The lights are on
What new ideas the game brings to the table and how well old ideas are presented.
How good a game looks, taking into account any flaws such as bad collision or pop-up.
Does the game’s music and sound effects get you involved or do they make you resolve to always play with the volume down?
Basically, the controller to human interface. The less you think about the hunk of plastic in your hands, the better the playability.
Flat out, just how fun the game is to play. The most important factor in rating a game.
Risen 3 opens with you exploring a ruined temple on a jungle island in search of lost treasures. Things take a turn for the worse as you discover a portal to the underworld that claims your life, and after a modest beach burial, you’re left behind. Luckily, doctor/shaman Bones shows up and returns you to reality, but there’s a catch: You’re going to slowly become a minion of the underworld unless you can defeat the darkness. While the adventure has lots of content to explore (and multiple ways to experience it), Risen 3’s imprecise combat and ponderous dialogue keep the title from realizing its swashbuckling potential.
The core combat should feel familiar to modern day action/RPG players; parrying, dodging, and readying heavy blows are all important. Players can also take advantage of the offhand slot with things like dueling pistols to add some range and surprise to their attacks, as well as add a host of learned abilities. The combat in Risen 3 feels almost stilted at times, with swings and spells moving the player huge distances with lunging attacks that make the pace of combat seem strange. As you’re fighting a giant jungle spider that’s parrying everything, one tap on the button might send you spinning to a spider ally far to the right. These mistakes can get you out of some hot water, but it makes combat a proposition that’s anything but precise.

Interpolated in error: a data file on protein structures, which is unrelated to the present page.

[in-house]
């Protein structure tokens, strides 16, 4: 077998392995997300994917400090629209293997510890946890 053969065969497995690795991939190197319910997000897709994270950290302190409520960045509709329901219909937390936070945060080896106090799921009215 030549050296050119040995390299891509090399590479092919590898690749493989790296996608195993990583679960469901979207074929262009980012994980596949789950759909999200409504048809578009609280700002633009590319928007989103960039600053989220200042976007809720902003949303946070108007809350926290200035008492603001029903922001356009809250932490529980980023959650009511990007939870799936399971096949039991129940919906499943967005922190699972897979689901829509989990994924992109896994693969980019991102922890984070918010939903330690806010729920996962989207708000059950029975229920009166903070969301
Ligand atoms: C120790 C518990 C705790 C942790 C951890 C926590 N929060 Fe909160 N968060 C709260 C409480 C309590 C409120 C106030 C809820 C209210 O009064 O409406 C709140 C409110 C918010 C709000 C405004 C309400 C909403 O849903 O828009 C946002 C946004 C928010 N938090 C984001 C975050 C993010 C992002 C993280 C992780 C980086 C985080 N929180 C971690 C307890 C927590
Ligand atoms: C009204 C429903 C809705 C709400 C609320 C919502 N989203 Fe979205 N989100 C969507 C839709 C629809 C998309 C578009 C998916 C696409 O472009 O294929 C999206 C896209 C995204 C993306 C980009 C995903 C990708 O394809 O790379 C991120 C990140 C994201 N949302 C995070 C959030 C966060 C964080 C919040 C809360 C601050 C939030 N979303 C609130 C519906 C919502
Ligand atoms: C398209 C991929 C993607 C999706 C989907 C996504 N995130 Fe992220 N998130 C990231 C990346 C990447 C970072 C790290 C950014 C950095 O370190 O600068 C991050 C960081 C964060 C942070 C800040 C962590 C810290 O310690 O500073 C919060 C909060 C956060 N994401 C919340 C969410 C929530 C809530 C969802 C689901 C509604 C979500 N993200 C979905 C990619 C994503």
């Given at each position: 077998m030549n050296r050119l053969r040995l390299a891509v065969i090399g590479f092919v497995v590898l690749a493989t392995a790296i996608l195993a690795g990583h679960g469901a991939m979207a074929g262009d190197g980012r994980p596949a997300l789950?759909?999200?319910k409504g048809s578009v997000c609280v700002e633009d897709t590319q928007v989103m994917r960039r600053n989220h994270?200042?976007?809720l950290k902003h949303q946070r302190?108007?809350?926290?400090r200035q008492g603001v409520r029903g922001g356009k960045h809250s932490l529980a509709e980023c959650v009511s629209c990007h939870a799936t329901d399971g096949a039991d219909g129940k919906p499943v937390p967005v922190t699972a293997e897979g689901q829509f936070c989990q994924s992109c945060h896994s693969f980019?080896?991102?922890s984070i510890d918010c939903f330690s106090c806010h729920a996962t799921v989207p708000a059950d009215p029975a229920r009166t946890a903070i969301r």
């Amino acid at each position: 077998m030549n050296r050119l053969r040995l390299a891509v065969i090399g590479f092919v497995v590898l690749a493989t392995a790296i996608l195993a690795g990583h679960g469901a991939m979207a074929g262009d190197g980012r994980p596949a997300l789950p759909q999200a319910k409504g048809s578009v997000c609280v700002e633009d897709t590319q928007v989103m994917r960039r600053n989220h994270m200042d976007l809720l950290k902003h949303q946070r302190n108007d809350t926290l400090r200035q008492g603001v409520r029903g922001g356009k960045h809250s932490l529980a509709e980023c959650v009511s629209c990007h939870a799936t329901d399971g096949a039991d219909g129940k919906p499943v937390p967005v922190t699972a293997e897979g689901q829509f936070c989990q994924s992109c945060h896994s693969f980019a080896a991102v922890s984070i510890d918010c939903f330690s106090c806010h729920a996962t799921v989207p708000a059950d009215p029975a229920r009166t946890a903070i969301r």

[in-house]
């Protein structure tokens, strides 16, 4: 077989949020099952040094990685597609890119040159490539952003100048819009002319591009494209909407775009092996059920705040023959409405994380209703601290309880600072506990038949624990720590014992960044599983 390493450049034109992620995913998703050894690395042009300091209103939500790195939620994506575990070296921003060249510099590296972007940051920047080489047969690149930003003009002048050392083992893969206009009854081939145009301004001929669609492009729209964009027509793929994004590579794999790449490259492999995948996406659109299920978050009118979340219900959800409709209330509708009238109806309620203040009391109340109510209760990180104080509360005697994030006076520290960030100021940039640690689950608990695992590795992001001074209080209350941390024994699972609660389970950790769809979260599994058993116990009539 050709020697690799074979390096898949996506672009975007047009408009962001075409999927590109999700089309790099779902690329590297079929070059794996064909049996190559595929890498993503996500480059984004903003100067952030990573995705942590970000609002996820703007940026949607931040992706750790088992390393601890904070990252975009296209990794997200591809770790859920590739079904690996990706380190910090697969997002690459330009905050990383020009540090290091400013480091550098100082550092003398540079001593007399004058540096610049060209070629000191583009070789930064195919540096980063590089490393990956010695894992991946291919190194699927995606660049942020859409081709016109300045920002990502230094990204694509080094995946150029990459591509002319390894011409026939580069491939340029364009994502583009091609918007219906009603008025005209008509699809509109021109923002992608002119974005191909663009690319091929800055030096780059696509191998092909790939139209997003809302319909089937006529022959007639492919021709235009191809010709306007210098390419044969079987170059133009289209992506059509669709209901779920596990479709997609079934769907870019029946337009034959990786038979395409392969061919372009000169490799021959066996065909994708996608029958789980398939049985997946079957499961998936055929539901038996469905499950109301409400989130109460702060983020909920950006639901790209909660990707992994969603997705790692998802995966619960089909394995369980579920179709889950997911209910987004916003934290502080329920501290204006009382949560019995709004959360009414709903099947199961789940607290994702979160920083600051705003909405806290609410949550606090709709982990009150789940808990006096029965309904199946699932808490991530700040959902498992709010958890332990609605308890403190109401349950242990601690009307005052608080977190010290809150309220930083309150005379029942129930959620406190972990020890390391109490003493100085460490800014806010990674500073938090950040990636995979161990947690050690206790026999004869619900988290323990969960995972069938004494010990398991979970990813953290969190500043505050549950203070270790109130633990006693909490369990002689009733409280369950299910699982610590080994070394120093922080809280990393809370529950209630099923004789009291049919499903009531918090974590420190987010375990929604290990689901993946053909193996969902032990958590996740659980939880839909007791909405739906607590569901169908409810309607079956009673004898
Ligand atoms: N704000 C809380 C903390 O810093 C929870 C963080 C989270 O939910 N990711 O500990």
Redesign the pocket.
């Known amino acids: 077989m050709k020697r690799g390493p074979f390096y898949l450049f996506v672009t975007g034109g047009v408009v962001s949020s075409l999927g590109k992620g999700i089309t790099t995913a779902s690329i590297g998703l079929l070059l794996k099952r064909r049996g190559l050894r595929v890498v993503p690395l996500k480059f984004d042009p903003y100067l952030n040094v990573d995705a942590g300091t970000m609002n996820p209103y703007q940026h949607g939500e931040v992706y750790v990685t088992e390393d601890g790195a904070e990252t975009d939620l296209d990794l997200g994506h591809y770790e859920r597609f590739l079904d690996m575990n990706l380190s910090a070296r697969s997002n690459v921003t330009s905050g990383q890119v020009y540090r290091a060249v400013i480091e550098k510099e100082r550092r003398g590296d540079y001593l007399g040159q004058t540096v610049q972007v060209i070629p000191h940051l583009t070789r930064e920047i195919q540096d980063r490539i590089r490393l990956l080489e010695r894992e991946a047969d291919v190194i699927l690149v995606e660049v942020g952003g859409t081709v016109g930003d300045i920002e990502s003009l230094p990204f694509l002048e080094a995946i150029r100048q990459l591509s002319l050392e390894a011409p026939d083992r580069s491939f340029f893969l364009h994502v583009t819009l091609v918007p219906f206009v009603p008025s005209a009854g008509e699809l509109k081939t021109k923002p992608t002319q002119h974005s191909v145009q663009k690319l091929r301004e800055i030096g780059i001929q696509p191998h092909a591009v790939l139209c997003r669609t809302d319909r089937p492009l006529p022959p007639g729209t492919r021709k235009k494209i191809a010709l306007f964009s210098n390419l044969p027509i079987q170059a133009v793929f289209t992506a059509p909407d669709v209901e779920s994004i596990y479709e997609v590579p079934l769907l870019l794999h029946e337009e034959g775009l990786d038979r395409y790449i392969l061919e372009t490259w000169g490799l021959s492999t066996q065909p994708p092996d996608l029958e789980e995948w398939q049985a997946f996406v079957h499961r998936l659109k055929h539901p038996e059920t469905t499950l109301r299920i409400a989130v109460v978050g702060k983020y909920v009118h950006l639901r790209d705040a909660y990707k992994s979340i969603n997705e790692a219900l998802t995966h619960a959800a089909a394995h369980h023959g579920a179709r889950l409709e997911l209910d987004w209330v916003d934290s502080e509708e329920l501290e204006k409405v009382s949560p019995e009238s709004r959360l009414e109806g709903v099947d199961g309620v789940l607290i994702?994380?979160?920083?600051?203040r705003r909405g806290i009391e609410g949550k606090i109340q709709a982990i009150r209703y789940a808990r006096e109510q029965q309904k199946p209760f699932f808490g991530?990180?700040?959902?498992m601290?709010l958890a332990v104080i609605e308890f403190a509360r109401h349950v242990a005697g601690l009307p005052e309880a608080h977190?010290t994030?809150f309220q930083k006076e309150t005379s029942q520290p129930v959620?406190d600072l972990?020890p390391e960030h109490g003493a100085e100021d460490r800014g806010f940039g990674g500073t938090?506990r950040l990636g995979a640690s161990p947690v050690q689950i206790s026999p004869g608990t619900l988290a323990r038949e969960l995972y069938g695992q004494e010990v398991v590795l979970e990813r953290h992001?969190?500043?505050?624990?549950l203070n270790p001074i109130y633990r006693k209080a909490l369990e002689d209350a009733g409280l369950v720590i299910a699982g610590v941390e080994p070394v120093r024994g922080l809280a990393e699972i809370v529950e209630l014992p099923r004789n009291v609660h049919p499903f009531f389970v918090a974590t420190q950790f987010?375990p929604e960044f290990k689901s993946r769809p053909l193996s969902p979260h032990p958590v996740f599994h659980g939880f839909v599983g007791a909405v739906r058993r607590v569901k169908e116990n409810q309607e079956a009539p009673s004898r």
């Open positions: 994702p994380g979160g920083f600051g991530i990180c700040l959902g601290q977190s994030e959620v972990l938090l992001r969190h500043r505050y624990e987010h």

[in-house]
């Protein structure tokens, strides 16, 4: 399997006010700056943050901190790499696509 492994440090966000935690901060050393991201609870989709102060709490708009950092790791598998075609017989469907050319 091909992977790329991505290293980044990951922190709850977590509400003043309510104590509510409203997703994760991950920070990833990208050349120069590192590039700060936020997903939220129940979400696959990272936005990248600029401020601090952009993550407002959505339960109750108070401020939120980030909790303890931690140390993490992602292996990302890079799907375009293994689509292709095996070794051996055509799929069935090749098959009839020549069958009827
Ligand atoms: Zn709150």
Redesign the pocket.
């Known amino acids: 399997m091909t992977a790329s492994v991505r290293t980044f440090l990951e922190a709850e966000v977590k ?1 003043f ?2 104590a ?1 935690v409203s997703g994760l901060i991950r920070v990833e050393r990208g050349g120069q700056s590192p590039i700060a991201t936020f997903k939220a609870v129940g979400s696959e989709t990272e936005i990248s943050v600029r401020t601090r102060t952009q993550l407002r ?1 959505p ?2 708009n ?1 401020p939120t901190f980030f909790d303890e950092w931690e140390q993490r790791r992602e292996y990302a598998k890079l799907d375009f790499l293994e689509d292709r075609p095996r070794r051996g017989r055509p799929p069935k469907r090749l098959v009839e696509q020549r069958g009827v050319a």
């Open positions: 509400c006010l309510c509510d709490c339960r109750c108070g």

Right out of the tutorial gates, you’re thrust immediately into the open-world structure of Risen 3. Four major islands are available to explore right away, and you can travel freely between them, making exploration easy. You immediately begin meeting a host of NPCs, many of which can teach the player new abilities or confer quests, and some even join your crew. NPCs are dotted across the world, willing to grant skills as long as you meet the stat prerequisites. Progression is meaningful, and players dive into one of three paths (Crystal Mage, Voodoo Pirate, Demon Hunter) on a playthrough, which are largely self-explanatory and come with their own specific questlines. I finished the game as a Demon Hunter, augmenting my melee abilities with potent skills and buffs.
You quickly settle into a questing/exploration/monster-slaying reward loop as you move through the easier areas of each zone. This loop is mostly entertaining, but can get repetitive – especially as one becomes mired in dialogue between bouts of battle. The dialogue is charming if you’re into cheesy B-movie fare, with the protagonist dropping f-bombs randomly and with gusto, and random maids of the realm responding to your monster slaying boasts with things such as “I’d love to wrestle with your big monster.” I felt like I was suffering through the dialogue most of the time, as much of it is meaningless window dressing attempting to somehow add to an absolutely straightforward plot.
While Risen 3 doesn’t have great combat or an enthralling story, there’s a lot of content to delve into for those hungry for an open-world action/RPG, and that might be enough to entice fans to give it a try.
Note: This review pertains to the PC version. Risen 3: Titan Lords is also available on PlayStation 3 and Xbox 360, though Game Informer was not provided with early copies of them for review.
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